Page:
Reynolds vows to prohibit ‘vaccine passports’ in Iowa
A Department of Health and Human Services employee holds a COVID-19 vaccine record card Nov. 13, 2020, in Washington D.C. (Photo by EJ Hersom/U.S. Department of Defense)
Iowa Gov. Kim Reynolds said Wednesday she plans to take legislative or executive action to forbid the use of “vaccine passports” to prove individuals had received the COVID-19 vaccine.
Reynolds encouraged Iowans to get vaccinated as soon as possible, taking whichever form of the vaccine they could find. But, she emphasized, deciding to be vaccinated is a personal choice and would not be required by the state.
“Since the start of the pandemic, I’ve consistently put my trust in Iowans to do the right thing rather than demand or mandate it, and vaccination is no different,” she said during a news conference.
That’s where so-called vaccine passports come into play. Republicans nationwide have raised concerns that airlines, schools, businesses or restaurants could require proof of vaccination, barring those who choose to remain unvaccinated from participating.
“I strongly oppose vaccine passports and I believe that we must take a stand as a state against them, which I intend to do, either through legislation or executive action,” Reynolds said.
Several Republican governors have already issued executive orders to prohibit proof-of-vaccination requirements. In Florida, Gov. Ron DeSantis barred businesses and governmental agencies from asking for proof of a vaccine. The order also includes universities, the Washington Post reported, which are no longer allowed to require students to be vaccinated for the fall semester. Texas Gov. Greg Abbott issued a similar order for state agencies and institutions that receive state money.
“Government should not require any Texan to show proof of vaccination and reveal private health information just to go about their daily lives,” Abbott said in a Twitter video.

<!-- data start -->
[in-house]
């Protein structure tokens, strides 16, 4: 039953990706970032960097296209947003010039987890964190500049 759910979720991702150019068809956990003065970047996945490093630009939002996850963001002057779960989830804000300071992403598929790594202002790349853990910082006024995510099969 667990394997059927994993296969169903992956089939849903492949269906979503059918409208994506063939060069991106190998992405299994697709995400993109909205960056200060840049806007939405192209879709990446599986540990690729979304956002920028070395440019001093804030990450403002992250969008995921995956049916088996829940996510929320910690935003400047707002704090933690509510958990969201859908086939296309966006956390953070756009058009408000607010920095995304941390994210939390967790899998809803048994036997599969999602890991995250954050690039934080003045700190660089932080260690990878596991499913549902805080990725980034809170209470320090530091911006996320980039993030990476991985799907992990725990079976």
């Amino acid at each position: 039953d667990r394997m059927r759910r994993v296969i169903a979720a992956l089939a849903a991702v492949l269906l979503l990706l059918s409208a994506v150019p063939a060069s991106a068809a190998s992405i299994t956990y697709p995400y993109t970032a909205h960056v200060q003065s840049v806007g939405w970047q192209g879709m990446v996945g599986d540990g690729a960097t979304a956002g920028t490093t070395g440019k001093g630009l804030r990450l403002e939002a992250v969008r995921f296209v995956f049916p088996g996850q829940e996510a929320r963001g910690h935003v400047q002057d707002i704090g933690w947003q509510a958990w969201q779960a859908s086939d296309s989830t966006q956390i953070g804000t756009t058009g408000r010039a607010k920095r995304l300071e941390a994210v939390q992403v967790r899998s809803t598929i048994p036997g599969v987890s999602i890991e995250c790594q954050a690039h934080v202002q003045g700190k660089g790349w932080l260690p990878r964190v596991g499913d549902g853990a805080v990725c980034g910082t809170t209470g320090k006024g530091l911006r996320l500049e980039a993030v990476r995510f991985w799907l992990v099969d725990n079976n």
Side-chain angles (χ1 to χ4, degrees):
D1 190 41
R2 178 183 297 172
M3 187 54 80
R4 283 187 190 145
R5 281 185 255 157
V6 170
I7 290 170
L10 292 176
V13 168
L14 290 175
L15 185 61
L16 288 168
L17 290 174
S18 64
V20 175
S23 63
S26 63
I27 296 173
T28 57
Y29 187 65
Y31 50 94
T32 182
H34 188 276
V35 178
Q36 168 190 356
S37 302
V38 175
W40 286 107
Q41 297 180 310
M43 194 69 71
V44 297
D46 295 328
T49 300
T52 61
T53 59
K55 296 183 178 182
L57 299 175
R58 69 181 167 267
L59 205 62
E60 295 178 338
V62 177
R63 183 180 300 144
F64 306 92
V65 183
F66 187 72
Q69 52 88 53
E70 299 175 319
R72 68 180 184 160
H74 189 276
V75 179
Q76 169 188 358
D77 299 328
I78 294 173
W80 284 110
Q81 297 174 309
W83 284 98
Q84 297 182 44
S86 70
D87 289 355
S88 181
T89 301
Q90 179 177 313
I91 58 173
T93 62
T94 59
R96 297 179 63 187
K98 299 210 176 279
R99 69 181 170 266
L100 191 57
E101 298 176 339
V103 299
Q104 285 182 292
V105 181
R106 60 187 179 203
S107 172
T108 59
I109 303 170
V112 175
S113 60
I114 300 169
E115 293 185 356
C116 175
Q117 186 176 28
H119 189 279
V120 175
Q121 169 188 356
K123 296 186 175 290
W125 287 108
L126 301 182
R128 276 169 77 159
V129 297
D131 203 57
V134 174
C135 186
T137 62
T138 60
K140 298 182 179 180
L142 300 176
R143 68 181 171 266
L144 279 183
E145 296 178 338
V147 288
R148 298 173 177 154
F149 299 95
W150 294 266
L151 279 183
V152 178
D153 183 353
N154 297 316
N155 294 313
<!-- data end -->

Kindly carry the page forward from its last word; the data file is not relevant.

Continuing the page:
Reynolds did not say whether her legislative proposal or executive order would include private businesses.
“I think what you’re doing when you move forward with something like (a vaccine passport) is you’re creating a two-tiered society: you’re either engaged or you’re marginalized,” she said.
The White House has said Americans will not be required to carry proof of vaccination.
“There will be no federal vaccinations database and no federal mandate requiring everyone to obtain a single vaccination credential,” White House Press Secretary Jen Psaki said Tuesday.
Psaki noted that the idea of a vaccine mandate originated in the private sector as a potential way to return to business more safely, especially for large gatherings. She said the federal government will provide guidance on the privacy, security and discrimination concerns related to vaccination status.
Vaccination rollout continues, but Johnson & Johnson shortage expected this month
Vaccination appointments opened for all Iowans 16 or older on Monday. This week also saw the biggest vaccine allocation to date, Reynolds said, including over 45,000 one-and-done Johnson & Johnson doses. Some of those doses will be used to vaccinate college students.
“We’re ensuring college students and young adults are vaccinated as soon as possible, and that will help keep the virus activity low and manageable until a higher percentage of Iowans are fully vaccinated,” Reynolds said.
But there’s a speed bump ahead: There will be a “significant reduction” in the one-shot Johnson & Johnson doses over the next few weeks. Allocations will remain low for two weeks.
Reynolds also highlighted efforts to reach out to Iowa’s minority communities who so far have significantly lower vaccination rates than the state as a whole. As of April 5, 11% of Black Iowans and 11.7% of Hispanic or Latino Iowans had received at least one dose. Nearly 19% of Asians had received at least the first dose.
Overall, 34% of the population in Iowa has received at least their first shot, according to New York Times data.
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